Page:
Bring On the Security Price Wars

By Larry Seltzer  |  Posted 2006-06-21 Email Print this article Print
 
 
 
 
 
 
 

Opinion: The cost of security has marched steadily uphill for years. We should celebrate Microsoft for pricing its products aggressively, not try to protect the established market leaders.

The move to "security as a service" may be largely a conspiracy to increase prices, but maybe it doesn't have to end up that way.

Up top here I should concede that I made a careless error in a recent column by forgetting the fact that Microsoft's OneCare includes a license to protect up to three computers, whereas the company's competitors typically make you get licenses for one at a time.

I actually had heard this and readers were quick to point it out in the talkbacks to the column (thanks).

Is this a good thing? Alex Eckelberry of Sunbelt Software doesn't think so, and from his perspective—as a provider of security software—having Microsoft come in and start a price war is a bad thing. You, the reader, have a different perspective.

I remember Comdex in (I believe) 1991, when Microsoft announced the release of Access for $99, a fraction of the $495 that Borland and others were charging for their products. At a party at that show I overheard Philippe Kahn of Borland telling a reporter, "I don't know who benefits from a price war in software."

This from the man who made his fame on a $49 compiler, competing against (if I remember correctly from 1984) programs that cost in the $500 to $1500 range.

It was a good thing for customers that Microsoft set prices in a downward direction for business productivity software, and it can be a good thing for them if pricing pressures make security software more affordable. This is Microsoft's real goal.

For advice on how to secure your network and applications, as well as the latest security news, visit Ziff Davis Internet's Security IT Hub.

For months Microsoft has been spreading the message that its research shows—and it seems intuitively true to me—that a huge percentage of users have no anti-malware protection at all, or have an old program with an expired license.

Read the full story on eWEEK.com: Bring On the Security Price Wars



 
 
 
 
Larry Seltzer has been writing software for and English about computers ever since—,much to his own amazement—,he graduated from the University of Pennsylvania in 1983.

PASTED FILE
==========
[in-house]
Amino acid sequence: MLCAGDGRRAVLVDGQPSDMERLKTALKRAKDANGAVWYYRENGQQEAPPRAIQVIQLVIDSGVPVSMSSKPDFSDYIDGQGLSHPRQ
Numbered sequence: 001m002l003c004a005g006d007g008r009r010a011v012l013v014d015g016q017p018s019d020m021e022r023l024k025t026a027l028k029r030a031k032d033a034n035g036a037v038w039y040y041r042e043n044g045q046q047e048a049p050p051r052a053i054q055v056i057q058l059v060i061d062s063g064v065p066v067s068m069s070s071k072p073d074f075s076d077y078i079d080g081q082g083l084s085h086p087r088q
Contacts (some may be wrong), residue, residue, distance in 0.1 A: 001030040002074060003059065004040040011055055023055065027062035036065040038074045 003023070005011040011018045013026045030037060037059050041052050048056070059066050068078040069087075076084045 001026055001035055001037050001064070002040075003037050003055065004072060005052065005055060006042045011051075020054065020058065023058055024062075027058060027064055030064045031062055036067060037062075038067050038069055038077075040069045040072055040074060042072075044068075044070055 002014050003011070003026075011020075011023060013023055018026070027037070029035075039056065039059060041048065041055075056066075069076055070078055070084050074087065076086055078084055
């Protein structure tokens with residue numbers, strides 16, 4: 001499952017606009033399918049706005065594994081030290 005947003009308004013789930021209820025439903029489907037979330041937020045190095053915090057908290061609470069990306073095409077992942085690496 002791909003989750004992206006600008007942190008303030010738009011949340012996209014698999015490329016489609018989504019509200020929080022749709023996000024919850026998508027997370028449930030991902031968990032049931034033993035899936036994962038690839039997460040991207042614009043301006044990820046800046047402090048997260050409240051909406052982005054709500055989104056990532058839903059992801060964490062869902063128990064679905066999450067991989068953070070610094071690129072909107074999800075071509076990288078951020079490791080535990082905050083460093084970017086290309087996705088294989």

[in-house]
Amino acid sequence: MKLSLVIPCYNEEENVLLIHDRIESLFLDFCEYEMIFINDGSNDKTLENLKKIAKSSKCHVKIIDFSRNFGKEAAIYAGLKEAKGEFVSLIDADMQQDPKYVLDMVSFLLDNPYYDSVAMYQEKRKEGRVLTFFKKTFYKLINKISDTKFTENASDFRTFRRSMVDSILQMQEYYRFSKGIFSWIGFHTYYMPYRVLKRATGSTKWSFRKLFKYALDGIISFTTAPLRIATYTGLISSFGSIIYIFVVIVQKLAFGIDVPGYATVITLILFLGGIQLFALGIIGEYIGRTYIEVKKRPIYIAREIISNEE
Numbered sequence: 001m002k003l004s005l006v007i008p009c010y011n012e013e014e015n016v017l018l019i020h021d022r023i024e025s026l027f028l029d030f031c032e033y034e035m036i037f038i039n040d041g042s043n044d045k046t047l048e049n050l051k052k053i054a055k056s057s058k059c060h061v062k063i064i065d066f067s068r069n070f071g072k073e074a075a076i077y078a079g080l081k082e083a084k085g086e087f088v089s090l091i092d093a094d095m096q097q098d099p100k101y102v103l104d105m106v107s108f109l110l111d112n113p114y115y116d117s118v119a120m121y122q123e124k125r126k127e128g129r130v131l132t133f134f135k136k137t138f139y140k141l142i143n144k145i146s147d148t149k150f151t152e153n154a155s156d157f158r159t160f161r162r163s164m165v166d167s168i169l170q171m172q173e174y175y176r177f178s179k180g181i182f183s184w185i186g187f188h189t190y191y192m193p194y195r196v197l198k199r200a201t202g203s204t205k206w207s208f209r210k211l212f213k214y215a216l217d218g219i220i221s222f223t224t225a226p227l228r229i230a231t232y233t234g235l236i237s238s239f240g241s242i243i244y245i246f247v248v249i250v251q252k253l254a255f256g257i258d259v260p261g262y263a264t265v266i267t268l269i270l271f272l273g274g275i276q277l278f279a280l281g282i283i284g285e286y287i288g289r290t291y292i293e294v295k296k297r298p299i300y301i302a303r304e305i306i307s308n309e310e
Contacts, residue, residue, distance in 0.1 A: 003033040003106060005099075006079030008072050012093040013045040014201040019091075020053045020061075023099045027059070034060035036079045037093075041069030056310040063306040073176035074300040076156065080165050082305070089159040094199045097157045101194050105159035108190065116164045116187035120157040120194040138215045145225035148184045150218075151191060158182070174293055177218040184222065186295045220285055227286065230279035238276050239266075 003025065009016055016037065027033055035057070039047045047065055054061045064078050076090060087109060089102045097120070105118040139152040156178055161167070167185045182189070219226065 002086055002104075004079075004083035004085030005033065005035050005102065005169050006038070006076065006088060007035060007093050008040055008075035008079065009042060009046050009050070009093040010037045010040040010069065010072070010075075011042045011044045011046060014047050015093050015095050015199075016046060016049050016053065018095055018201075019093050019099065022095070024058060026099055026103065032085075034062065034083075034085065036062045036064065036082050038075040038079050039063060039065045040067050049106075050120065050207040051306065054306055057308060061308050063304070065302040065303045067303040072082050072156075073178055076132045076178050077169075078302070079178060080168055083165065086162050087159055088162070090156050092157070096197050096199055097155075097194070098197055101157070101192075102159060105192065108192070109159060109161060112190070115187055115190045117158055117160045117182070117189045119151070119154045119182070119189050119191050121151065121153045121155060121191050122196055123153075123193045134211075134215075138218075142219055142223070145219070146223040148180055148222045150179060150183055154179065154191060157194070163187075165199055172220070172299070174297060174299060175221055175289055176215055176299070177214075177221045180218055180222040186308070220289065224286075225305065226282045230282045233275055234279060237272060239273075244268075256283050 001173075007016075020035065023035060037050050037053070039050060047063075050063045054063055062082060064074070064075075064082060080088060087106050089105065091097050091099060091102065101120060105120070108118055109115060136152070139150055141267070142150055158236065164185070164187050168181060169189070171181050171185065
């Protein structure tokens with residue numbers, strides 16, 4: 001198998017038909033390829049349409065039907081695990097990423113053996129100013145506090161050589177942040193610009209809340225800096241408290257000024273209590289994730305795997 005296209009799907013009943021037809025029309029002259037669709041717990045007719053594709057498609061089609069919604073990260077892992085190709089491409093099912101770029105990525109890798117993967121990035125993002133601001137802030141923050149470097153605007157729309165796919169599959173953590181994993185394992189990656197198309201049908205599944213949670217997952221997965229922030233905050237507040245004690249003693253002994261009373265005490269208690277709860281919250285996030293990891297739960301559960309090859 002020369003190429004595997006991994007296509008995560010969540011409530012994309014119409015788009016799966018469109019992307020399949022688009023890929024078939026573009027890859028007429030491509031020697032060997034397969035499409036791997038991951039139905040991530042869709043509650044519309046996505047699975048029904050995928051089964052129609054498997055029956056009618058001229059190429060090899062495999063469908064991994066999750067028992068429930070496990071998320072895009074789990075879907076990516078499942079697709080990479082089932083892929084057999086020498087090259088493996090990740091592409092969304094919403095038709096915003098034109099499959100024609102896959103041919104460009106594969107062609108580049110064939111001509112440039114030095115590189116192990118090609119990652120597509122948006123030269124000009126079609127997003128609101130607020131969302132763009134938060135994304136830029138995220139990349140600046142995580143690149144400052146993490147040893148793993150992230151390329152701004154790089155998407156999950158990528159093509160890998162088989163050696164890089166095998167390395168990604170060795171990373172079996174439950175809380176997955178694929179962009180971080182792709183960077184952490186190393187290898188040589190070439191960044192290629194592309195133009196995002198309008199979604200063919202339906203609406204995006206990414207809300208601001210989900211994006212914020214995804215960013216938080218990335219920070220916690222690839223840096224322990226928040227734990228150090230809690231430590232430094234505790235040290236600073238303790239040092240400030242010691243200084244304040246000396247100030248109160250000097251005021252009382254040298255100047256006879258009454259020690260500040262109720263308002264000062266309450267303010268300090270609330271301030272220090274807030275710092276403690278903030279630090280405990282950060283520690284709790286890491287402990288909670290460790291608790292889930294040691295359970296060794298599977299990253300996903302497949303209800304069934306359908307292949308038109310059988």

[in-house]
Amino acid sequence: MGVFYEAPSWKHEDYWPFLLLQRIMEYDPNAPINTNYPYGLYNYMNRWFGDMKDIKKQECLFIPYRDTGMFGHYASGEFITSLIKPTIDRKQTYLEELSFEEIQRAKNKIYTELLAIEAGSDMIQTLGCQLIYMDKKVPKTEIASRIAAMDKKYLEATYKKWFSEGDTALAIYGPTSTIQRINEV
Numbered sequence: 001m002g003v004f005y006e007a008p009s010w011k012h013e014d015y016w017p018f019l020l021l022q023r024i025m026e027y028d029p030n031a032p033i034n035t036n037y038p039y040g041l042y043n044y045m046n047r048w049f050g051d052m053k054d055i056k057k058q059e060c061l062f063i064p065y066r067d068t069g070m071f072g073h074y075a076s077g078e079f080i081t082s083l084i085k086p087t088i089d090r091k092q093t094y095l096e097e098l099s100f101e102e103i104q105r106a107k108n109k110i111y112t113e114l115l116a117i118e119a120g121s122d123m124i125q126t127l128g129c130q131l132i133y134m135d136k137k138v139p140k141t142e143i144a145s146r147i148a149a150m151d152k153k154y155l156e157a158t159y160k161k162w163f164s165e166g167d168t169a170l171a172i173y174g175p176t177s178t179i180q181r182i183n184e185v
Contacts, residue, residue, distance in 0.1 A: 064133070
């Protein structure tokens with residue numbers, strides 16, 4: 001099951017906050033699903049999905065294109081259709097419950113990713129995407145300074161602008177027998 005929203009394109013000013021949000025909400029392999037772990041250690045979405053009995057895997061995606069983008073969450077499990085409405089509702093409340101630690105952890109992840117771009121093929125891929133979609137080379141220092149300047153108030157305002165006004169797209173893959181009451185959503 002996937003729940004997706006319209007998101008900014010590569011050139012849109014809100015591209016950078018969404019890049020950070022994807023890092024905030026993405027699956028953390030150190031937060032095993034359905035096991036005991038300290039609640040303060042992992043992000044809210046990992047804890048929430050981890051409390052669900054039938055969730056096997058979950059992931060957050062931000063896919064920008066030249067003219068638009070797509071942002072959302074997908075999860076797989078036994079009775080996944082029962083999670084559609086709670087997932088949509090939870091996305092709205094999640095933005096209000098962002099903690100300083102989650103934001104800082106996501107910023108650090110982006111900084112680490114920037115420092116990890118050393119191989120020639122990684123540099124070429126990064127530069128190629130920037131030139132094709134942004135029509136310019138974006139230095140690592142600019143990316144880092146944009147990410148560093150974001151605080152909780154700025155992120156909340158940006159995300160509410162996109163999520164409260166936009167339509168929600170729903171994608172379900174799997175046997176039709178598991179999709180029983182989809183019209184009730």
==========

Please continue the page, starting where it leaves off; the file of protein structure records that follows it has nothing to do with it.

He was one of the authors of NPL and NPL-R, fourth-generation languages for microcomputers by the now-defunct DeskTop Software Corporation. (Larry is sad to find absolutely no hits on any of these +products on Google.) His work at Desktop Software included programming the UCSD p-System, a virtual machine-based operating system with portable binaries that pre-dated Java by more than 10 years.

For several years, he wrote corporate software for Mathematica Policy Research (they're still in business!) and Chase Econometrics (not so lucky) before being forcibly thrown into the consulting market. He bummed around the Philadelphia consulting and contract-programming scenes for a year or two before taking a job at NSTL (National Software Testing Labs) developing product tests and managing contract testing for the computer industry, governments and publication.

In 1991 Larry moved to Massachusetts to become Technical Director of PC Week Labs (now eWeek Labs). He moved within Ziff Davis to New York in 1994 to run testing at Windows Sources. In 1995, he became Technical Director for Internet product testing at PC Magazine and stayed there till 1998.

Since then, he has been writing for numerous other publications, including Fortune Small Business, Windows 2000 Magazine (now Windows and .NET Magazine), ZDNet and Sam Whitmore's Media Survey.
 
 
 
 
 
 

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